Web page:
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NATO: Alliance Chief Presses Allies For Greater Spending And Faster Reforms

The NATO defense ministers meeting in Brussels Thursday (9 June) ended on a sour note with Secretary-General Jaap de Hoop Scheffer using a news conference to remind member states that greater spending is needed to attain the goals set for the alliance. He indicated that most allies in Europe are spending far less than needed and are moving too slowly on reforms needed to make their forces more flexible. De Hoop Scheffer pointed to Afghanistan as one alliance success story, but said the crisis in Darfur now needs urgent attention from both NATO and the European Union.

Brussels, 9 June 2005 (RFE/RL) -- Jaap de Hoop Scheffer today showed clear frustration when he told member states they must start spending more if NATO is to cope with the tasks set to it.

Figures released by NATO show only a handful of the European allies spend more than the 2 percent of GDP that is tacitly required of all member states.

De Hoop Scheffer also said that if the alliance is to continue its work in Afghanistan, Kosovo, Iraq, and elsewhere, member states must speed up the process of reforming their militaries.

"We agreed that we need new approaches to funding. We need a much more collective approach to logistics. At the moment, we have many nations having their own logistics support. We need better intelligence sharing. We do need to improve what I call predictability in the provisions of the forces for our operations, and we need a more comprehensive focus on post-conflict stabilization," de Hoop Scheffer said.

Currently, most European troops are basically stationary, unable to deploy outside their own territories.

The United States has over the past years consistently maintained higher spending levels than any other NATO state and also has far higher flexibility in terms of troop movement.

But as a whole, NATO is not capable of sustained long-range missions. These include air-to-air fueling, intelligence-gathering, and efficient logistics.

These deficiencies, de Hoop Scheffer said today, are mainly the result of the allies' unwillingness to share their assets or provide timely joint financing for missions.

De Hoop Scheffer said all this puts at risk NATO's ability to maintain and extend its missions in Afghanistan, Kosovo, and elsewhere.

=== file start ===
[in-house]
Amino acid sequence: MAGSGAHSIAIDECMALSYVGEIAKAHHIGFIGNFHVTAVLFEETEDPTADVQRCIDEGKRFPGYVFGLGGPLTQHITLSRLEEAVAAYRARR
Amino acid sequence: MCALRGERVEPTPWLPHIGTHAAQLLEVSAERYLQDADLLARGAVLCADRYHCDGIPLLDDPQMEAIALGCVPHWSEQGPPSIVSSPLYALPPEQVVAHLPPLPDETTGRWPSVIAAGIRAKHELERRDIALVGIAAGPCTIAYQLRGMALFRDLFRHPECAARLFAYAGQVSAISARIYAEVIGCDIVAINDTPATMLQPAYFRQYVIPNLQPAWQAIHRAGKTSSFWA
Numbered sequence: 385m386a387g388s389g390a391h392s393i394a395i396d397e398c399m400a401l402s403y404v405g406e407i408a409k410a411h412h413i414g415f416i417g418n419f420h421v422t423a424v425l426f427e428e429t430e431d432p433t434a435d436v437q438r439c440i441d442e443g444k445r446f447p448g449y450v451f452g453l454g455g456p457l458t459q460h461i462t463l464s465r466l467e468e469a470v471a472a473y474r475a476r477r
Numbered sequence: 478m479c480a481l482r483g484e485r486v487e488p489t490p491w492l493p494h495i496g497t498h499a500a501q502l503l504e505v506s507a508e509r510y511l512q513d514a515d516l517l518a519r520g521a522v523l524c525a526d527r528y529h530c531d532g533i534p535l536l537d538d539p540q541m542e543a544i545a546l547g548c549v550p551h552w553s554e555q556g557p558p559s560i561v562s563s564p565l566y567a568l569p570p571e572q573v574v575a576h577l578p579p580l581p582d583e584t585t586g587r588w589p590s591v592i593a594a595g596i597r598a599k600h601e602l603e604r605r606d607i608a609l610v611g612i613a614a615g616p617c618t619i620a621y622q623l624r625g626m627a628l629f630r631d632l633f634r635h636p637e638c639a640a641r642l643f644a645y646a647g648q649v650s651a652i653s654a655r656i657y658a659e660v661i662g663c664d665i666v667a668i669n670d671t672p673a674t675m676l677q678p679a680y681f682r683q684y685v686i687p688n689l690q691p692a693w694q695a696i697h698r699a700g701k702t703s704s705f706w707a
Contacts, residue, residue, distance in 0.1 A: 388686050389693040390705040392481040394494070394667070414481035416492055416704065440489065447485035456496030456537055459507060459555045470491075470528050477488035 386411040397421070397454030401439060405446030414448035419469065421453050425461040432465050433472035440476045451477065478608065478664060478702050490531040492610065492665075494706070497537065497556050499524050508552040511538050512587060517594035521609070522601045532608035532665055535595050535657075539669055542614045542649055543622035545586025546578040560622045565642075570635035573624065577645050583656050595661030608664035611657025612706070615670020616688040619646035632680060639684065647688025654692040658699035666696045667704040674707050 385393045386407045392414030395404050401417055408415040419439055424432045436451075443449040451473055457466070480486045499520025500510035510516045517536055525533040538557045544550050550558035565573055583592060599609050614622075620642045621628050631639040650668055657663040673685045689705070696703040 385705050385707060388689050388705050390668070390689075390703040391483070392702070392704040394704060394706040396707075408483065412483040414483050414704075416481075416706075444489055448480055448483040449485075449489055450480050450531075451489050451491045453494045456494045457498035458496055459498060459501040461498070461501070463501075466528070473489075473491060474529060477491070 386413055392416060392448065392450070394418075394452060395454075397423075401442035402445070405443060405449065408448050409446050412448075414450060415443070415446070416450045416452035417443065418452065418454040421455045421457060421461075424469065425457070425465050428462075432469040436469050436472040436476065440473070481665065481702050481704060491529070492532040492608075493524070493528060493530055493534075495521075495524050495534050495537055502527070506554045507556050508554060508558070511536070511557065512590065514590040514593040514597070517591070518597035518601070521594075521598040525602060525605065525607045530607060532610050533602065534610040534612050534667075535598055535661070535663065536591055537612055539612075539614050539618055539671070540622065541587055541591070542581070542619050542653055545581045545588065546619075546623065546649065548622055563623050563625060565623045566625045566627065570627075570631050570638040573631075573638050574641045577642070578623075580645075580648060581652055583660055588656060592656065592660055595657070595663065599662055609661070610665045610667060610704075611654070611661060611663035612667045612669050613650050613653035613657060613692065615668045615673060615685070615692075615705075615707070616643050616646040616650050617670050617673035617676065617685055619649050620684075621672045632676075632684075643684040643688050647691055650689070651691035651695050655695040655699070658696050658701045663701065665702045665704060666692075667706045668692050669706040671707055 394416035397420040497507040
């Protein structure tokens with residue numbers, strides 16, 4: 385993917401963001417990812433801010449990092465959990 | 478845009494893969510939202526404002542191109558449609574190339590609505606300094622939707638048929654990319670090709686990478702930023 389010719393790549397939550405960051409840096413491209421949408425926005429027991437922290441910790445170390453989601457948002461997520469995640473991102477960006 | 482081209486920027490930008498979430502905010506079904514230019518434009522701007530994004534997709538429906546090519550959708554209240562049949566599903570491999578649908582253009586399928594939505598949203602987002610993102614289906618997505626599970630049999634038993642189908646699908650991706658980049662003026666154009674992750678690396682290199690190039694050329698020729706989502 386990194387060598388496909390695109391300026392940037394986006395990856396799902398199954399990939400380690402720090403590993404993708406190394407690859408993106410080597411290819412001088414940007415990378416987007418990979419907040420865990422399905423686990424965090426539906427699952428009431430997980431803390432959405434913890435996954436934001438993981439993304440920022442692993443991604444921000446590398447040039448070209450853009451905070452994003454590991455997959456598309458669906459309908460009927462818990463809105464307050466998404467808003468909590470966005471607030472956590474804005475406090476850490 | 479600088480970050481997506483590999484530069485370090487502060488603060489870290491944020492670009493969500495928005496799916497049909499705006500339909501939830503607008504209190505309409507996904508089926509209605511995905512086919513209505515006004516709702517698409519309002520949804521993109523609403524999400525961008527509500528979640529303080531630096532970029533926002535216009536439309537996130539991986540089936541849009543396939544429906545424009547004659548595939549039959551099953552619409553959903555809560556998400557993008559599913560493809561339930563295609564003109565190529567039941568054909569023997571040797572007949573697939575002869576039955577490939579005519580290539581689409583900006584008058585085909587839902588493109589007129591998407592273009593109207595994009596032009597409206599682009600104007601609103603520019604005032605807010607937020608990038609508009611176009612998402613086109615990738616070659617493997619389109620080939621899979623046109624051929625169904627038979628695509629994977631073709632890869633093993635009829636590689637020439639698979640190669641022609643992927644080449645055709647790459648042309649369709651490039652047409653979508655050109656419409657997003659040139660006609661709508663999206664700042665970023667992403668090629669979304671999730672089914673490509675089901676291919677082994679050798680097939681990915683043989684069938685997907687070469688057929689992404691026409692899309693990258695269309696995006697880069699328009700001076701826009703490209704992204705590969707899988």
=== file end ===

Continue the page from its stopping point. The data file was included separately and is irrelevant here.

He singled out Afghanistan as a particular success story. The ministers today formally agreed to provide an additional three battalions to secure the 18 September legislative elections in the country. They also elaborated on plans to extend NATO's presence in western Afghanistan and begin expansion to the south:

"They discussed NATO's longer-term engagement after the elections. You know that the so-called Bonn process comes to an end with the parliamentary elections. And of course this included supporting the Afghan government -- although that is not NATO's first responsibility, as you all know -- but the support for the Afghan government in the fight against narcotics," de Hoop Scheffer said.

De Hoop Scheffer said he hopes that a NATO military training center in Baghdad will be working by early October:

"On Iraq, ministers look forward to the establishment of the training, education, and doctrine center at Arustamya, near Baghdad, the outskirts of Baghdad, in fact. The work is moving forward, and I hope the center will be up and running at early fall," de Hoop Scheffer said.

The allies have failed so far to agree on joint security arrangements for the up to 150 NATO training officials who will be involved in the center's work. A private South African security company currently provides security.

The NATO secretary-general today also forcefully called on NATO and the EU to put their differences behind them and work together to help relieve the crisis in Darfur.

"The people in Darfur need help, and the African Union is providing the help. So NATO and the EU are doing everything we can to answer the request by the African Union," de Hoop Scheffer said.

After a brief dispute, the two organizations earlier this week agreed to share responsibility for providing the African Union with aircraft to bring in peacekeepers from its member states.

De Hoop Scheffer repeatedly insisted the entire operation is fully controlled by the African Union, not by NATO or the EU.